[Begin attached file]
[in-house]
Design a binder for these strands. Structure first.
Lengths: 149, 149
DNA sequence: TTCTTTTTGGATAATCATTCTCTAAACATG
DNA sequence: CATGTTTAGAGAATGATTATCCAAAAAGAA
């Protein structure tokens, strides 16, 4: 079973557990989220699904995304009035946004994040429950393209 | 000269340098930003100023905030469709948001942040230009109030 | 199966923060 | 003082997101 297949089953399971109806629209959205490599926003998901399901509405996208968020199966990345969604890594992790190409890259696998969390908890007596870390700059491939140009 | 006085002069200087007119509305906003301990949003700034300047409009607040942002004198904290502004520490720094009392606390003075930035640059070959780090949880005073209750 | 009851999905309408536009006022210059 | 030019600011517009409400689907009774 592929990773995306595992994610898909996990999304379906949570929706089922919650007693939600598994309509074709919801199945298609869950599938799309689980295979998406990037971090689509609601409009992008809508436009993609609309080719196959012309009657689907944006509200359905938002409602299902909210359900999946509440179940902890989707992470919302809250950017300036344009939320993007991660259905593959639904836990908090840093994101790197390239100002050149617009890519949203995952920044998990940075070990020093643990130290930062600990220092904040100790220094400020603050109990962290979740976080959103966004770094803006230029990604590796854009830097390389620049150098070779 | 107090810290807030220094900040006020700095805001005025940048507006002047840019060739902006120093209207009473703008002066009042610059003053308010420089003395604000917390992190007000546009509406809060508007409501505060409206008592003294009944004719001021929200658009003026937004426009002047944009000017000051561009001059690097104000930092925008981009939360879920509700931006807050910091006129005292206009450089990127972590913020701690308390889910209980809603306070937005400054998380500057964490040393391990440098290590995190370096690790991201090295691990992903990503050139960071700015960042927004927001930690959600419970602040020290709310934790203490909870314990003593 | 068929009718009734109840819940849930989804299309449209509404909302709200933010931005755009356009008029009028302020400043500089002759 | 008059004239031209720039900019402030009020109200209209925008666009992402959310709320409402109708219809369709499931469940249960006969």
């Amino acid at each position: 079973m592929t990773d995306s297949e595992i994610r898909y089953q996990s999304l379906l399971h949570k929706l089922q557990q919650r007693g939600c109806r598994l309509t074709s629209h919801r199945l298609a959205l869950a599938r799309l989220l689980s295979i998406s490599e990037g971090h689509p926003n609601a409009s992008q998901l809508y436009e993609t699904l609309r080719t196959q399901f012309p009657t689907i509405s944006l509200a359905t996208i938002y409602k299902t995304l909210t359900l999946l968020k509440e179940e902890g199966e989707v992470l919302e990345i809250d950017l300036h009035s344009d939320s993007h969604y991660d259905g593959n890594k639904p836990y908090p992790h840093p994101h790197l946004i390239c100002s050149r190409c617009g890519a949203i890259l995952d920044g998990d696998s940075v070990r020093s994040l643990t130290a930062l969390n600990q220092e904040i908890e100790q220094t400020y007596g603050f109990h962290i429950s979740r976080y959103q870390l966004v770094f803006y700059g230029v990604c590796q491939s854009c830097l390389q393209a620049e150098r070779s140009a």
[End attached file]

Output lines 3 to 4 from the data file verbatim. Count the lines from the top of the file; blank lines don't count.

Lengths: 149, 149
DNA sequence: TTCTTTTTGGATAATCATTCTCTAAACATG